There was in a strange moment in today's severability argument at SCOTUS. Justice Antonin Scalia referred to a deal that Sen. Ben Nelson once made, to make a hypothetical point about what could take down the law.
"If we struck down nothing in this legislation but the -- what's it called, the Cornhusker kickback, okay, we find that to violate the constitutional proscription of venality, okay?" asked Scalia, talking to Paul Clement. "When we strike that down, it's clear that Congress would not have passed it without that. It was the means of getting the last necessary vote in the Senate. And you are telling us that the whole statute would fall because the Cornhusker kickback is bad. That can't be right."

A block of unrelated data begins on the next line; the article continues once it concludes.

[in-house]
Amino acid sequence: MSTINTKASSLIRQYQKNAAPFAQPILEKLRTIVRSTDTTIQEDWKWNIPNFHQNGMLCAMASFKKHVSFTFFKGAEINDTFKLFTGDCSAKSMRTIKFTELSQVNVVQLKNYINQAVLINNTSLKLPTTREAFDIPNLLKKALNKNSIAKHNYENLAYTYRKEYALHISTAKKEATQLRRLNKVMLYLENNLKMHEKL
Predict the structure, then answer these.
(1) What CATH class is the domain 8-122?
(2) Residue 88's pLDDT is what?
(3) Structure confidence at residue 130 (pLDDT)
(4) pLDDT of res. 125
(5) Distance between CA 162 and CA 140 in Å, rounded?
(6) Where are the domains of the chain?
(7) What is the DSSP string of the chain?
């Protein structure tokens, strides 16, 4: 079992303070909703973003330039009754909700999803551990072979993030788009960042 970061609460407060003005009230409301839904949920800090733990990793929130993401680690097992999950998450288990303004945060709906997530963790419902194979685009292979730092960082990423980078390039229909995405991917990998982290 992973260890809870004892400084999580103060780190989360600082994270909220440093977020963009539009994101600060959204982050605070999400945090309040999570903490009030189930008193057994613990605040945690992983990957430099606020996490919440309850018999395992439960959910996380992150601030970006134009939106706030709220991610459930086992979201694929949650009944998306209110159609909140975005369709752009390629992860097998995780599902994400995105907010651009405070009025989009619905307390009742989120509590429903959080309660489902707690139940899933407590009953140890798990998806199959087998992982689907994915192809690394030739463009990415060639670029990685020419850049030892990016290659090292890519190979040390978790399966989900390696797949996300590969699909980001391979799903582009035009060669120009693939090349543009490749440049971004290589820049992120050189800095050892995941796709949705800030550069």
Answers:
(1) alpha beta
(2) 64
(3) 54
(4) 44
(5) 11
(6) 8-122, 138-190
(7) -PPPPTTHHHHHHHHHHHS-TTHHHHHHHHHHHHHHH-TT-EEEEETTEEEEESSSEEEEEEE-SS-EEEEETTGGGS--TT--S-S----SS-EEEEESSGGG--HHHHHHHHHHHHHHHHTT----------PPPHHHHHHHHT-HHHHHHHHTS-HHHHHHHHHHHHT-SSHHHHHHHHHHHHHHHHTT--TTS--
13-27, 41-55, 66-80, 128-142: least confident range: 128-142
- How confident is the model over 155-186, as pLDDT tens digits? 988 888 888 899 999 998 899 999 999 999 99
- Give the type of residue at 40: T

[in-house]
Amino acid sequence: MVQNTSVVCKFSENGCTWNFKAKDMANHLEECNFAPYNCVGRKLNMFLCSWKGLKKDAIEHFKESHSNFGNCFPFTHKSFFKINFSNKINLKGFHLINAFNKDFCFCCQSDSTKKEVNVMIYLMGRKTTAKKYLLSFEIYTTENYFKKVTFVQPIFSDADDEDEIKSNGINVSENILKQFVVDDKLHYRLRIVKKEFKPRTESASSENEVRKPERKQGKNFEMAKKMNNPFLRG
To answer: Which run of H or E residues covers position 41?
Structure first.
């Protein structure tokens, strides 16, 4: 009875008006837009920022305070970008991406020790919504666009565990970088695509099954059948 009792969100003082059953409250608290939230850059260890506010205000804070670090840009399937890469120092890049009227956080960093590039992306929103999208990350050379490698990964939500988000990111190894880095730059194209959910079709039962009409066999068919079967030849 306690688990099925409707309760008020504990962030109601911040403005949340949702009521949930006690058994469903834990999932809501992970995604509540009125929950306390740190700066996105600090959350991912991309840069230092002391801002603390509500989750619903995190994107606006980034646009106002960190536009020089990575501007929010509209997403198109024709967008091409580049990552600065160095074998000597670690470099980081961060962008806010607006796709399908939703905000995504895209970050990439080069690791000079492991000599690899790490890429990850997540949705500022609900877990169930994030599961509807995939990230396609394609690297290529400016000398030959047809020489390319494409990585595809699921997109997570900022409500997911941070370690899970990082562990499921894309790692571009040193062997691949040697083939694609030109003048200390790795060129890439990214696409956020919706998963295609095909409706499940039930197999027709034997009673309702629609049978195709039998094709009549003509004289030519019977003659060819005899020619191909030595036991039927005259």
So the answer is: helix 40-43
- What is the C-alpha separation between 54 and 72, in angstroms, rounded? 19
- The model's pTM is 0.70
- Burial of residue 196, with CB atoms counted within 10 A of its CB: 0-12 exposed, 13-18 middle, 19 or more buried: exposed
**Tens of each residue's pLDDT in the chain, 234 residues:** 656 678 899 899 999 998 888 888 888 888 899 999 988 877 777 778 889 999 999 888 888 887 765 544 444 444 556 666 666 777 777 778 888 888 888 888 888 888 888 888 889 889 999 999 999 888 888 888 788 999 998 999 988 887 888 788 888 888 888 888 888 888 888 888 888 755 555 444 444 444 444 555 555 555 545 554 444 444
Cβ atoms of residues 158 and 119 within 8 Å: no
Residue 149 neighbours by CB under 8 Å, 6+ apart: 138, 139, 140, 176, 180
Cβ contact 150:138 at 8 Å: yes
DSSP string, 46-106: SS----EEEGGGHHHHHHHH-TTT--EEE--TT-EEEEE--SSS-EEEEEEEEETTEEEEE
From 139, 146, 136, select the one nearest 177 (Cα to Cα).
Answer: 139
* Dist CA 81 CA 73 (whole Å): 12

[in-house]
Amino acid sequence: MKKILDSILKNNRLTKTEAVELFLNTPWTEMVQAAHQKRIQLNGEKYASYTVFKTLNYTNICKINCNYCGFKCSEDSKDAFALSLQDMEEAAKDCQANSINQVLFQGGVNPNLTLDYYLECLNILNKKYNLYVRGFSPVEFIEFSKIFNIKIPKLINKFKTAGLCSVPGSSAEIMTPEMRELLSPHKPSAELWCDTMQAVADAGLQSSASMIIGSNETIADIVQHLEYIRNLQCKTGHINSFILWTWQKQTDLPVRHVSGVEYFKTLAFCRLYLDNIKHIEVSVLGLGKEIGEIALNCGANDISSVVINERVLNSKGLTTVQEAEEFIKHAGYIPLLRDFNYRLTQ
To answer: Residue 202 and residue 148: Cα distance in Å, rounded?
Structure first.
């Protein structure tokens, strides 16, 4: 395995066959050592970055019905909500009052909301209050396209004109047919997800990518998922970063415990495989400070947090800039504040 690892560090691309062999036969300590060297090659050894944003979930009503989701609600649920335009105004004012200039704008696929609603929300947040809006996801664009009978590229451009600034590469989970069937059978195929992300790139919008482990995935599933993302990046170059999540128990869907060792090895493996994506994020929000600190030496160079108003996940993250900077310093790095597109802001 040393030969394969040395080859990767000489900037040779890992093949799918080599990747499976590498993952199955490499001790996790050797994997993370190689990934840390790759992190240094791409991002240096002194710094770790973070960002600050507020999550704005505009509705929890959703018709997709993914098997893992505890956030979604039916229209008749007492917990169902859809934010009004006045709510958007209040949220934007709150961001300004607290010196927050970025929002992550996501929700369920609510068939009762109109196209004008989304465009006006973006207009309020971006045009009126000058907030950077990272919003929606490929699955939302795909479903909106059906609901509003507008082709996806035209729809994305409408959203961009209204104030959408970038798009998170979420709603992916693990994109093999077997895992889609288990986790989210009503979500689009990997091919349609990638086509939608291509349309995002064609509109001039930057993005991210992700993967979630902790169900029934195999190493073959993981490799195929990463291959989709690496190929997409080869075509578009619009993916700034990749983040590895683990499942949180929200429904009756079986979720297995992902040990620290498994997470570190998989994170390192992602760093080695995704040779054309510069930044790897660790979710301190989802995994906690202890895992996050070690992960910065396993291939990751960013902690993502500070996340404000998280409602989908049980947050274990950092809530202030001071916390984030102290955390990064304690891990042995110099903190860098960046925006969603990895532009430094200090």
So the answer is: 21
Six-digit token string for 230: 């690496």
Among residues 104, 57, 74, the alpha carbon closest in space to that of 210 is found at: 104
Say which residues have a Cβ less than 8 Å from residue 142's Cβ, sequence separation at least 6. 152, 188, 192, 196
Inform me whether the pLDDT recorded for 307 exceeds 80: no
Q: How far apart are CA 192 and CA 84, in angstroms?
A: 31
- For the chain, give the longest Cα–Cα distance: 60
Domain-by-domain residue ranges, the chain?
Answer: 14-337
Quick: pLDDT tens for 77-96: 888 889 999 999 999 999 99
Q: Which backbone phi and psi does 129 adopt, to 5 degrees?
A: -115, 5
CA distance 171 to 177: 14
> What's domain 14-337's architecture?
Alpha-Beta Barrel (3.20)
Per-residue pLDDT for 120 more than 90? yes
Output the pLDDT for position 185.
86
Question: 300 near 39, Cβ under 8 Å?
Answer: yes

Yes, Scalia thought the "Cornhusker Kickback" was still in the Affordable Care Act even though it's, you know, not. So comforting to know that two of the nine justices who are determining whether 30 million people will receive affordable healthcare really have no clue about healthcare or the law in question.